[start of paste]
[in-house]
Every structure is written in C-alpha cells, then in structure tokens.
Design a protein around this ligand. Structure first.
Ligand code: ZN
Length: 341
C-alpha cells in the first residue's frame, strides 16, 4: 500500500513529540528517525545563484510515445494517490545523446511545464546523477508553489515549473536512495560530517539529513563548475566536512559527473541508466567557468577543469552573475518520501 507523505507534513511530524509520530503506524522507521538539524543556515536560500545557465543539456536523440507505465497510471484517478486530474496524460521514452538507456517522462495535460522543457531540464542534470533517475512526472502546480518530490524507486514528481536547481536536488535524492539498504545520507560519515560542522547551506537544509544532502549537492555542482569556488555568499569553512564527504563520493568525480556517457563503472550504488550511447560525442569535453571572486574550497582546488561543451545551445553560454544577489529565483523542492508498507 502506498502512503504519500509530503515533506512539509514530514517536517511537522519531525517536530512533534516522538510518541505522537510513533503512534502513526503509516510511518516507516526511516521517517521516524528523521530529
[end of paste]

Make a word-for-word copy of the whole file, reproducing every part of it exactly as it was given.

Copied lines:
[in-house]
Every structure is written in C-alpha cells, then in structure tokens.
Design a protein around this ligand. Structure first.
Ligand code: ZN
Length: 341
C-alpha cells in the first residue's frame, strides 16, 4: 500500500513529540528517525545563484510515445494517490545523446511545464546523477508553489515549473536512495560530517539529513563548475566536512559527473541508466567557468577543469552573475518520501 507523505507534513511530524509520530503506524522507521538539524543556515536560500545557465543539456536523440507505465497510471484517478486530474496524460521514452538507456517522462495535460522543457531540464542534470533517475512526472502546480518530490524507486514528481536547481536536488535524492539498504545520507560519515560542522547551506537544509544532502549537492555542482569556488555568499569553512564527504563520493568525480556517457563503472550504488550511447560525442569535453571572486574550497582546488561543451545551445553560454544577489529565483523542492508498507 502506498502512503504519500509530503515533506512539509514530514517536517511537522519531525517536530512533534516522538510518541505522537510513533503512534502513526503509516510511518516507516526511516521517517521516524528523521530529